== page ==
Monday, April 25, 2011
A couple weeks ago, I had an hour between errands, and I settled down on the couch and flipped the TV to nothing, really. The plan was for my TV set to watch me (take a nap). I just needed a channel with a nice drone. I settled on what appeared to be a documentary and closed my eyes. What I heard while trying to rest made me never want to close my eyes again. It was the Investigation Discovery channel, ID for short, and apparently it serves up a steady diet of highly gendered and racialized crime porn, 24/7.
I know ID is not the only channel with this bent. Crime reality shows are popular up and down the dial. MSNBC seems to give over the entire weekend to behind bars-style shows. Oxygen has never met a woman-snaps-and-kills-her-lover story it didn't like. I wonder, though, why this type of reality television is so popular and what the way these stories are told says about who we are as a society?
The program I encountered on ID explored the Boston Strangler crimes, which occurred during the 60s. And at each commercial break, the channel hawked more shows about murder, home invasions, and missing women and children. It was unsettling and made me feel a little nervous alone, as I was, in my suburban, low-crime neighborhood. I can't imagine how one could be a regular viewer of that channel with its schedule chock full of human depravity, or how constant viewing of these sorts of programs wouldn't stoke the very unhinged fear of society's downfall that seems pervasive these days and is at the root of much regressive and wrong-headed thinking.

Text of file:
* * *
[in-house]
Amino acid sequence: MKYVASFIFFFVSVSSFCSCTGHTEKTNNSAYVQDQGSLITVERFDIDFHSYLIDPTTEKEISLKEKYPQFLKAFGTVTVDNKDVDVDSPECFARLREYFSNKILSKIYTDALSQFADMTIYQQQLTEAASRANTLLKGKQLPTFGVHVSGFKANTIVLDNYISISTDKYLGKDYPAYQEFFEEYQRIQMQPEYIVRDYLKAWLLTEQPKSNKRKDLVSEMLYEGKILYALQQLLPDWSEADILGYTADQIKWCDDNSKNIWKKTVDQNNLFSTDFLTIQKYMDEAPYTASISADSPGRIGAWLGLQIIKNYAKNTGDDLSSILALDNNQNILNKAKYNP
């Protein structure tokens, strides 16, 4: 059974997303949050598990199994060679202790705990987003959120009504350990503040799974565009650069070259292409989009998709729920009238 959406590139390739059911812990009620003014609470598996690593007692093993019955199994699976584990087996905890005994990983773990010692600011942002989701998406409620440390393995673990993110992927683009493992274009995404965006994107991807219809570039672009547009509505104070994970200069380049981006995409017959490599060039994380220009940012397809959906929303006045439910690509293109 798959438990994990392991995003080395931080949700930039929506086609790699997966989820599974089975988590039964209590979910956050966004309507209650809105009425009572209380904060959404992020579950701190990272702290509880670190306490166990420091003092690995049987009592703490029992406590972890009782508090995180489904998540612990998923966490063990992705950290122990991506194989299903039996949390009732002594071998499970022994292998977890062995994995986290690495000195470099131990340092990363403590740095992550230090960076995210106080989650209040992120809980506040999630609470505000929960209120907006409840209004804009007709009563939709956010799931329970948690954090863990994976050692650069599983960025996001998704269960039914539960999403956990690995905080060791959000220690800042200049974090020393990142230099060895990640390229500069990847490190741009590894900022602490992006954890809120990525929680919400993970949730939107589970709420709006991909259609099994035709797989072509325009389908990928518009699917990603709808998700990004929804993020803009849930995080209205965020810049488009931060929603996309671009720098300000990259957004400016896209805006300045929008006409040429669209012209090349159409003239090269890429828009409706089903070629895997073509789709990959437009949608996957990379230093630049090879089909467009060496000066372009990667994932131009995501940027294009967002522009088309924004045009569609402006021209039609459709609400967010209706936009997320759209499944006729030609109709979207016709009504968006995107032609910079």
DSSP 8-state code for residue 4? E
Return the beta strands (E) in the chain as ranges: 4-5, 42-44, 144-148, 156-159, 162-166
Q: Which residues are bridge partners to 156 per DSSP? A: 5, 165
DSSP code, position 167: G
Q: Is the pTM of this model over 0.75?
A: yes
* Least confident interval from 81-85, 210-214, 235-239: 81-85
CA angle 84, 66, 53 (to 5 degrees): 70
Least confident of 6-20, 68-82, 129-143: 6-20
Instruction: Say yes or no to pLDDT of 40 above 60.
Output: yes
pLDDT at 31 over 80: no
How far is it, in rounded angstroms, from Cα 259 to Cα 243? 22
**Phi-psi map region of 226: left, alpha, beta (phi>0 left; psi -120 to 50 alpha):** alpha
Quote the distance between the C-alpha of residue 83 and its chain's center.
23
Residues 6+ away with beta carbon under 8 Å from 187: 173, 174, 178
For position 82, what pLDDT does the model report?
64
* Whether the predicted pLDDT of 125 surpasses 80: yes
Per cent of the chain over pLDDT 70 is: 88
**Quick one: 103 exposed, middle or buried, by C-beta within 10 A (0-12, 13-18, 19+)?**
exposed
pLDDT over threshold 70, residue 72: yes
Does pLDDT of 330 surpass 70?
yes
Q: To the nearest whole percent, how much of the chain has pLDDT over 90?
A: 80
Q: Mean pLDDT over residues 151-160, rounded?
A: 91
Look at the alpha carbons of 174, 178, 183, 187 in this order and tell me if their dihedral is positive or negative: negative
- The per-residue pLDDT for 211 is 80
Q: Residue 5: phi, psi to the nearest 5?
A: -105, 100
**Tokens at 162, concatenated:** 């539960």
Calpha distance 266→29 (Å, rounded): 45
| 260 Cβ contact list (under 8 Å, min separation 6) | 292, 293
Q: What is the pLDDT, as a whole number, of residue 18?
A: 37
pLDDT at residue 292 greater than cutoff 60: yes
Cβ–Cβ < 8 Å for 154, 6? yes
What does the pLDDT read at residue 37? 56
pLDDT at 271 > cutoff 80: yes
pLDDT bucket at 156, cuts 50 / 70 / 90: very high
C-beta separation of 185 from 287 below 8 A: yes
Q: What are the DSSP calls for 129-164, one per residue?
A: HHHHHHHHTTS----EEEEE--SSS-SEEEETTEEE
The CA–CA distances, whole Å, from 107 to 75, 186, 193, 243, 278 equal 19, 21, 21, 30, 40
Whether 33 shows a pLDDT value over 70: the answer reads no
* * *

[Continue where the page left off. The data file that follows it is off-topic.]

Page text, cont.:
There is something nasty about viewing real crime as entertainment. This isn't clean "Columbo"-type murder or even the grittier "Godfather"-style killing. The bodies and crime scene photos and grieving parents on these shows are real and are served to the viewing public for pleasure. It's like pornography, but the release is not orgasm, but something else: anger, fear and a thirst for blood and retribution.